(5) Clarity, he says of this way that, “Sometimes we feel that we are tantalizingly close to understanding exactly what this world is about… Feelings of clarity may be similar to feelings of exaltation. Indeed, many of the feelings we’re looking at may overlap.” These the author describes by his own experience as moments where you think, “This is right where I should be.” Using the LoA to discover Clarity would allow us to know what it is exactly that we need and should be asking for.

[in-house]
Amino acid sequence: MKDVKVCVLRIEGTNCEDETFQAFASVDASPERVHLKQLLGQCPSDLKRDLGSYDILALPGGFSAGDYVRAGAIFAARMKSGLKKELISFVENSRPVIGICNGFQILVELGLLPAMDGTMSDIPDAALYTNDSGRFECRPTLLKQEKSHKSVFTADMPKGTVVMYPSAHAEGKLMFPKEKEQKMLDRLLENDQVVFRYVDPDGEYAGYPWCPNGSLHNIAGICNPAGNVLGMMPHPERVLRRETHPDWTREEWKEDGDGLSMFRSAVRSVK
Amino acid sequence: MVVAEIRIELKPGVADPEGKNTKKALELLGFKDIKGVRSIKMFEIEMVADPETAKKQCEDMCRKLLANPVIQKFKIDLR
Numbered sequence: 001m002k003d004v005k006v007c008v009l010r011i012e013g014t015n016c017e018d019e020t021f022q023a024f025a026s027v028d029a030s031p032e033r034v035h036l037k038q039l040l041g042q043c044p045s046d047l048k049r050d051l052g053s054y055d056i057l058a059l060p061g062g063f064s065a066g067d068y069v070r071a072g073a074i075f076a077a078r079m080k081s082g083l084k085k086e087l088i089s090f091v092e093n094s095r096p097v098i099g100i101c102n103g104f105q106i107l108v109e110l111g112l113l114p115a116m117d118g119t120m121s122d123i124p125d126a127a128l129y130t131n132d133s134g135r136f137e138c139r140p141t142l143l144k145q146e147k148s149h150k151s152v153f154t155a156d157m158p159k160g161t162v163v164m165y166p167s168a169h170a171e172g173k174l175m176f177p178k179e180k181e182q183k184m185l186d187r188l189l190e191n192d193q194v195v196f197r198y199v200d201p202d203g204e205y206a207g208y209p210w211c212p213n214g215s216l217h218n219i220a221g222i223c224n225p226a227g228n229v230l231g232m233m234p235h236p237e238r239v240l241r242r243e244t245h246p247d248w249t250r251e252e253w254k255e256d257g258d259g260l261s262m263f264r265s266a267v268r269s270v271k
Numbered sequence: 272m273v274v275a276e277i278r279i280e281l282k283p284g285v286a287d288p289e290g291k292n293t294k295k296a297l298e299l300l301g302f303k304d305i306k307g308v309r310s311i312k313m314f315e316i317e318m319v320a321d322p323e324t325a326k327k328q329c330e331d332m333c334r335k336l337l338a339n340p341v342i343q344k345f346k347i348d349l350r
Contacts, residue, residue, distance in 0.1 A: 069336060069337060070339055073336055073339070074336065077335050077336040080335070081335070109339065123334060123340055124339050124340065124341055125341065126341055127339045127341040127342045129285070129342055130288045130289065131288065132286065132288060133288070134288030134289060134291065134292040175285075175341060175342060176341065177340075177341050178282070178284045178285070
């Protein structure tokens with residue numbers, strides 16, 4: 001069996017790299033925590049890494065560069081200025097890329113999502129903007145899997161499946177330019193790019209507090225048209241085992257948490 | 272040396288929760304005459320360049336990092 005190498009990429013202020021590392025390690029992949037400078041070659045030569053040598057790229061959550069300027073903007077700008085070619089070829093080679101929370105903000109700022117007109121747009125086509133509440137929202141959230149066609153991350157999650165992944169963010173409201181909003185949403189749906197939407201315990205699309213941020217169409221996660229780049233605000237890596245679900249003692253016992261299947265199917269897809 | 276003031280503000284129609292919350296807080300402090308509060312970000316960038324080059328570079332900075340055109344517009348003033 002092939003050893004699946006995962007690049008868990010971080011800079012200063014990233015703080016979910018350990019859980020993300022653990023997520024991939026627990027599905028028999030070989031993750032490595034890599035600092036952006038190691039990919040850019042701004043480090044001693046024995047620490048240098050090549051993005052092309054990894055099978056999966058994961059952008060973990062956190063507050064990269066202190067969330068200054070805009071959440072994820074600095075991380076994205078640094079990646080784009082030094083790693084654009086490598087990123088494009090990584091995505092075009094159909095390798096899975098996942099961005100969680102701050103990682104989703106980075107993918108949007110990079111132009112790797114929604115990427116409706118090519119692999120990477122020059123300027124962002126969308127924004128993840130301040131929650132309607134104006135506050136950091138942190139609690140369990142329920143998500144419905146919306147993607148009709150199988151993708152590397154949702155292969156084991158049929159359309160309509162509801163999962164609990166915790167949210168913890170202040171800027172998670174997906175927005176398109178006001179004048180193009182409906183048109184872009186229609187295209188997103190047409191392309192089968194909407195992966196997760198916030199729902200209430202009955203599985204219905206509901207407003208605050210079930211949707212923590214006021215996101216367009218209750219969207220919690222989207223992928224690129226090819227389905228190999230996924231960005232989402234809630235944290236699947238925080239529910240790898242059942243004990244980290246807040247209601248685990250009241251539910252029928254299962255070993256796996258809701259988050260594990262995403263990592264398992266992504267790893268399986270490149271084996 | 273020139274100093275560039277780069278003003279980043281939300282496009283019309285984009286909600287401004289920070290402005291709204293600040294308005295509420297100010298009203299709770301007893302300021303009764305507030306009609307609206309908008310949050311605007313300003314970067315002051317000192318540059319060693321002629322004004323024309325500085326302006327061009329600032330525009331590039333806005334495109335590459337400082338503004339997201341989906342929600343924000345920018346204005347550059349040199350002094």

(6) Vulnerability, he says of this way that, “God is able to reach us because our defenses are lowered. The barriers that we erected to keep out God –whether pride or fear or lack of interest – are set aside whether intentionally or unintentionally. We are not less rational. We are more open.” It is true that the hardships in life that we go through, both desires and regrets, lead us to refine who we are and what we want. Therefore, keep in mind your hardships, your struggles, and your regrets and allow them to refine more precisely what it is you are looking for in life, and bring such a broad vision down into specific and precise manifestations that you need to get there. Perhaps, the things you want can teach you by experience more about the the things you need and truly want at a deeper level.